At first, “GLOW” had to face an uphill battle convincing viewers that, no, you don’t have to be an avid wrestler to enjoy this show. As someone who’s never watched a minute of wrestling in their life (I guess being the victim of a friend’s wrestling competition in high school doesn’t count), trust me, you don’t. need to be a wrestling enthusiast to enjoy this show.
Describing “GLOW” as just a matter of wrestling wouldn’t do it justice at all. This has been that, of course, given the actual story the show is based on. Wrestling fans widely praised the production for its respect and appreciation for the 1980s world of the Gorgeous Ladies of Wrestling, a team made up entirely of Hollywood scraps and misfit women hoping to become international stardom, both through of television productions and in the ring. .
More than that, however, âGLOWâ also told a wonderfully balanced story that brought women and women’s perspectives to the fore. Created by Liz Flahive and Carly Mensch, the show’s diverse set and nuanced storylines easily sidestepped the representational issues that plagued countless other productions. Rather than forcing a single character or two to take on the complex expectations of an entire marginalized demographic, “GLOW” simply took the more sensible course. Focusing on no less than 15 main characters, all with different personalities, motivations, origins, and flaws, the series truly offered something for every viewer.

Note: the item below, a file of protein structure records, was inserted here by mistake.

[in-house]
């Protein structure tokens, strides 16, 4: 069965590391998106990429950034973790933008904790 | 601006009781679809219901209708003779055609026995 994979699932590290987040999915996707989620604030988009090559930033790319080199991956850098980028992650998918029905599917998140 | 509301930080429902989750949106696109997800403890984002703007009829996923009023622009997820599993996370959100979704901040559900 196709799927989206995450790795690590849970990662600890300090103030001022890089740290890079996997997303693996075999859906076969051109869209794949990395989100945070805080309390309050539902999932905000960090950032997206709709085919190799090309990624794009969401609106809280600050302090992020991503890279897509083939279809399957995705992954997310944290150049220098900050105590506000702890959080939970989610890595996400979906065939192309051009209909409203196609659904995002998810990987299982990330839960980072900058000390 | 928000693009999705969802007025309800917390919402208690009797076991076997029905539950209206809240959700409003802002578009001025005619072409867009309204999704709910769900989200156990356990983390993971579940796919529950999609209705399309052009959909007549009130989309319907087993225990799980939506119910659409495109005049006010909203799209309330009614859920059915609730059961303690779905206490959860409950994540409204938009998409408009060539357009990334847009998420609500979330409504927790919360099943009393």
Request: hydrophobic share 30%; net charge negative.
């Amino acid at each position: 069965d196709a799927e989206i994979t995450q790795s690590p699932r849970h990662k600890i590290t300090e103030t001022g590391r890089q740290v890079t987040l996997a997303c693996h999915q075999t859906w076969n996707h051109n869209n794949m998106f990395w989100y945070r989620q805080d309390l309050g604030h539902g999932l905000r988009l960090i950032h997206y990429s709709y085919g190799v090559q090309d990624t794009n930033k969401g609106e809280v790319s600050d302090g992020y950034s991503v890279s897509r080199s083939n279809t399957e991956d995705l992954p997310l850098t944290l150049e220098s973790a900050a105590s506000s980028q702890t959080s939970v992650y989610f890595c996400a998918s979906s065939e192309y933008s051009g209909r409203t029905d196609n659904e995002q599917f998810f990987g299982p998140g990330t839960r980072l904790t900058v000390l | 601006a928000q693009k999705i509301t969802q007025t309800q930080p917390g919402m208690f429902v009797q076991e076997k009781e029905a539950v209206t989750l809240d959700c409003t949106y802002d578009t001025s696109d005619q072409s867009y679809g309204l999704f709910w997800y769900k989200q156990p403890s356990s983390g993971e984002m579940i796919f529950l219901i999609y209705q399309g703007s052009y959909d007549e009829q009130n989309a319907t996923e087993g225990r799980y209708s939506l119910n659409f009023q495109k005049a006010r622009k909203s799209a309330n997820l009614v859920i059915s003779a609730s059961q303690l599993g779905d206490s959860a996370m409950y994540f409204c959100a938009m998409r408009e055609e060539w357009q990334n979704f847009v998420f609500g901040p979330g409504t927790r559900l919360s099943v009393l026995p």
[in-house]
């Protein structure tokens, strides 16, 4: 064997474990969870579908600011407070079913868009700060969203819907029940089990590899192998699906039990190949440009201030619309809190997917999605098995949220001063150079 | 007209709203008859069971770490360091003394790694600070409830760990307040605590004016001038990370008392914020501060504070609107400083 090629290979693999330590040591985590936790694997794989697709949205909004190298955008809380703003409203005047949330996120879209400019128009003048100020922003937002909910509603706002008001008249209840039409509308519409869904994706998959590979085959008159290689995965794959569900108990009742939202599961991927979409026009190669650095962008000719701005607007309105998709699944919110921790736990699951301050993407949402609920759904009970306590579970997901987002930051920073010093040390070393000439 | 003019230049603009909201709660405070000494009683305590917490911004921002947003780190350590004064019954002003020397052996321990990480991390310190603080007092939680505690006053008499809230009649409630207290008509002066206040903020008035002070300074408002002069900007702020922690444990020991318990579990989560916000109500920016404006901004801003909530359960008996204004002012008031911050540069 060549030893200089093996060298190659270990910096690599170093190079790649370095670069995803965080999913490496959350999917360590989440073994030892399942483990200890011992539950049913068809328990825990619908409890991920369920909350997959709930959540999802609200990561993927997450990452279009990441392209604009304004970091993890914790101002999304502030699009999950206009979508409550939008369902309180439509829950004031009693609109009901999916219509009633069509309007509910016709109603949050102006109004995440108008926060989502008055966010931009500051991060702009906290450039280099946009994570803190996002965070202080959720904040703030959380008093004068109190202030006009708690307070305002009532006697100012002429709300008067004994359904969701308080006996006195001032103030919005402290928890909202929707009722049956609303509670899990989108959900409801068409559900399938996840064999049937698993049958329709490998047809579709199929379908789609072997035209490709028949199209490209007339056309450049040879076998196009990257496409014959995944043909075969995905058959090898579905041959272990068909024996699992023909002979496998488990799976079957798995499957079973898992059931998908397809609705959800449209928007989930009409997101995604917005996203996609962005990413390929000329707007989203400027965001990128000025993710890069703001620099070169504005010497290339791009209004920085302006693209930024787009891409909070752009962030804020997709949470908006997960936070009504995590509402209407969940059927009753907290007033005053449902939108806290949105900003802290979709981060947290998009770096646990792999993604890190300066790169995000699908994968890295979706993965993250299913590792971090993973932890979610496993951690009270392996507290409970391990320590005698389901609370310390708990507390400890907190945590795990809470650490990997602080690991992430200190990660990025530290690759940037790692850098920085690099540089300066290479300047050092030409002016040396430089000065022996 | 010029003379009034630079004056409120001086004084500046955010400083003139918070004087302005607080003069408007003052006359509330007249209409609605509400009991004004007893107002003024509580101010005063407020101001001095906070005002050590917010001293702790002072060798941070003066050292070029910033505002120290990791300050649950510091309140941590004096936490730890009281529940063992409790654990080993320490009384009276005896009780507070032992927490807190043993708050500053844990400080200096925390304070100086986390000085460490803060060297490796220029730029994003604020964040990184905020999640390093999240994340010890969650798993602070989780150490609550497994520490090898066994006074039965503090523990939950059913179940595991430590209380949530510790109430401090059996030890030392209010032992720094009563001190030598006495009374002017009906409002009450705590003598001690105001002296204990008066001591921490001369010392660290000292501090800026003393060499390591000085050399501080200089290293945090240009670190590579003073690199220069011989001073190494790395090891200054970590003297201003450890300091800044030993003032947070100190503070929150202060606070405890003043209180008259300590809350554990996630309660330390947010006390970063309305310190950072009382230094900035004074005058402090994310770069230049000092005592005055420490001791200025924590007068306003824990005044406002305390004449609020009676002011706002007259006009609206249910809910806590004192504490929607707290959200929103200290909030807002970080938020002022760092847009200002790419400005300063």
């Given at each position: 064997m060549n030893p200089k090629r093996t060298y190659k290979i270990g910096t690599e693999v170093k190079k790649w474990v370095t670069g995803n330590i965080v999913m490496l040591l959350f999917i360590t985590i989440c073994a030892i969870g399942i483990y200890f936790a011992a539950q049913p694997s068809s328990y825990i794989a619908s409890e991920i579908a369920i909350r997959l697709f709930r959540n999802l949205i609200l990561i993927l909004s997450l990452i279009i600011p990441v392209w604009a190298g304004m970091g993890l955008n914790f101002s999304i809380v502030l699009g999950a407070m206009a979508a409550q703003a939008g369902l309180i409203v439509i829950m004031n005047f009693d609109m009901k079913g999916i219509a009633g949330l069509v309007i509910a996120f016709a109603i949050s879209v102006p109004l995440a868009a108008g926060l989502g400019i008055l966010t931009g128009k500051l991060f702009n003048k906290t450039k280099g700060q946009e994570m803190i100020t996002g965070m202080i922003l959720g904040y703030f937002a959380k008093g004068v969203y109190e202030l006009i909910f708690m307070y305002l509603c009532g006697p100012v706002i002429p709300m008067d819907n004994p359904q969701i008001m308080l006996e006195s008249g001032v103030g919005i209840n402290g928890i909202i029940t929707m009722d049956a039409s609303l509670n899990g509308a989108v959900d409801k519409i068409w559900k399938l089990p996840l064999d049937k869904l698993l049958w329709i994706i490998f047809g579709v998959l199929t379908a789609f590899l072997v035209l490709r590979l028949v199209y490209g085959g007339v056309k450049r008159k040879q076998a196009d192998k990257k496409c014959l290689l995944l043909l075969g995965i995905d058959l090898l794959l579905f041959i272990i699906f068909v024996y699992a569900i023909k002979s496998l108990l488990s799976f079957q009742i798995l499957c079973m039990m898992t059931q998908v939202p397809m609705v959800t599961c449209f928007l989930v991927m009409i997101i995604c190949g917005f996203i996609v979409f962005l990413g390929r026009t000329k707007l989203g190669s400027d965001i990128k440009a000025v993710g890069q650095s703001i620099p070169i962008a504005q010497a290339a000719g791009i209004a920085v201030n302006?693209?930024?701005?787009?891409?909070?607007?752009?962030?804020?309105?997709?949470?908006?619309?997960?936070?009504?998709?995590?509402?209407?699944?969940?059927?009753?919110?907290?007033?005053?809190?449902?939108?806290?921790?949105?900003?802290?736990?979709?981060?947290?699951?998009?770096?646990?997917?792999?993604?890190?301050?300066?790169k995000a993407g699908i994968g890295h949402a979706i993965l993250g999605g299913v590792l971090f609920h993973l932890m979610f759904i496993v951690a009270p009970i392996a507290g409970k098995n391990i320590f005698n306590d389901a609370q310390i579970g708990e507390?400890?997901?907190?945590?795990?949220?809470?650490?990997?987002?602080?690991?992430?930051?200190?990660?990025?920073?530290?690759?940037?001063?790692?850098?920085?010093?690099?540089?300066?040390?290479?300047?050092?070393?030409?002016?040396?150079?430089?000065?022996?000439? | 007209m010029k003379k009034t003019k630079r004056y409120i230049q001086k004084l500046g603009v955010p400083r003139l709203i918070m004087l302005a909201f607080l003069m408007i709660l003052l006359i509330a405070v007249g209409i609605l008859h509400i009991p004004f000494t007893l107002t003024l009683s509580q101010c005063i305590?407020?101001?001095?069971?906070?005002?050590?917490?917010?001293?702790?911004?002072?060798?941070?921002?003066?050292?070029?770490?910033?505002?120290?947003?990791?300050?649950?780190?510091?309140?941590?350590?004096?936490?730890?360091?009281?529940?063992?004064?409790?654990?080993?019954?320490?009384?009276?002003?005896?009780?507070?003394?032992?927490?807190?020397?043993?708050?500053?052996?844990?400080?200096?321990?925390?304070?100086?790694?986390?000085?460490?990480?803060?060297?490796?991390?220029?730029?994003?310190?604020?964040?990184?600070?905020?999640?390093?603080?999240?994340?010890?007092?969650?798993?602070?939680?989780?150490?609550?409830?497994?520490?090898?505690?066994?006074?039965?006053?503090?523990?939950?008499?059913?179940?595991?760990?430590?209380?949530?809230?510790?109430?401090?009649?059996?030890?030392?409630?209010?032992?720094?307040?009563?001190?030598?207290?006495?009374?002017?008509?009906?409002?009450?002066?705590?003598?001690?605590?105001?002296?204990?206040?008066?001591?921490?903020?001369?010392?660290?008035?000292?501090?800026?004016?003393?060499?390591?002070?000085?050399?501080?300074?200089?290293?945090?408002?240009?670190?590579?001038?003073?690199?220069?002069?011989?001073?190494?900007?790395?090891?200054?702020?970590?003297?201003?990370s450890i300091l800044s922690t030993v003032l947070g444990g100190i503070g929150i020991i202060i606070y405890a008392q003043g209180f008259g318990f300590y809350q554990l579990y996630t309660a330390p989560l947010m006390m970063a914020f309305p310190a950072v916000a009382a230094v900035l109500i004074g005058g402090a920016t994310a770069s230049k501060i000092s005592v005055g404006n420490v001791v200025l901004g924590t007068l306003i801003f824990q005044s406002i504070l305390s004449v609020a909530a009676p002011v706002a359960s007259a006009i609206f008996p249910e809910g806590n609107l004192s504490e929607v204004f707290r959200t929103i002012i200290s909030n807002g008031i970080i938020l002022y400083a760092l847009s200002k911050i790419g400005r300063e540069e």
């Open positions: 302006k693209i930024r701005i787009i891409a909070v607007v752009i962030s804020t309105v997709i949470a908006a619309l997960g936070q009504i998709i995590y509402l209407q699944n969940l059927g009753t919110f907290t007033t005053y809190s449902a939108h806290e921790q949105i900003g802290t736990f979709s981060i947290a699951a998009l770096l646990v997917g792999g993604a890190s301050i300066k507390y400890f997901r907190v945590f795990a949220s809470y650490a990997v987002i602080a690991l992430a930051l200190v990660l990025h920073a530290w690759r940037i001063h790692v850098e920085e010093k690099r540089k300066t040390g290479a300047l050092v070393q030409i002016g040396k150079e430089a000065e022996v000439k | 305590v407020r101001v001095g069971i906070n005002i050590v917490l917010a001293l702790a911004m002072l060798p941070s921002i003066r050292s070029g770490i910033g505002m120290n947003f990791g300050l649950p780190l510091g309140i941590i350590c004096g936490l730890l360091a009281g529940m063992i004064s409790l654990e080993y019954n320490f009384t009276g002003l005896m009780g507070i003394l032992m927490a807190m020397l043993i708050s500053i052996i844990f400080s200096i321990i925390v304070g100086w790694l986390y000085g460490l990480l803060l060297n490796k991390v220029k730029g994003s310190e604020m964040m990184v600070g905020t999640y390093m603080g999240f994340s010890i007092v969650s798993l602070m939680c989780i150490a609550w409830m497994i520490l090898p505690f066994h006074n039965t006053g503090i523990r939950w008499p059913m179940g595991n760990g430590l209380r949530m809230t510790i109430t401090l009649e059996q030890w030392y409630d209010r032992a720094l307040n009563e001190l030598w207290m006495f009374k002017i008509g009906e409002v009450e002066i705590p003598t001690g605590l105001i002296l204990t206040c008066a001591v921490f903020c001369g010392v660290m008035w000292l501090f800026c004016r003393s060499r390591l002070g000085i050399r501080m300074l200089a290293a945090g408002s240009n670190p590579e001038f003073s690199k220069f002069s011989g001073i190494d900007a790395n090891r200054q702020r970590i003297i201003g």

“GLOW” mainly followed the turbulent dynamic of friends-turned-enemies-turned-back friends between Alison Brie’s Ruth Wilder and Betty Gilpin’s Debbie Eagan, complicated by Ruth’s affair with Debbie’s husband, Mark (played by the alum of “Mad Men”, Rich Sommer). That said, the first season quickly expanded beyond this inciting conflict and allowed its vast roster of talents to add their own unique flavors to the mix.
At the end of the third season of the series, we had our choice of various storylines to follow. Thanks to Sunita Mani’s Arthie Premkumar, “GLOW” skillfully addressed race issues and, with the introduction in Season 2 of love interest Yolanda Rivas (Shakira Barrera), shut down LGBTQ + relationships. Sydelle Noel’s Cherry Bang allowed the series to explore the idea of ââwomen in the workplace, miscarriage and adoption, as well as the basic challenges of simply existing as a black woman in America. And Britney Young’s Carmen Wade has functioned as the conscience, soul, and beating heart of “GLOW.”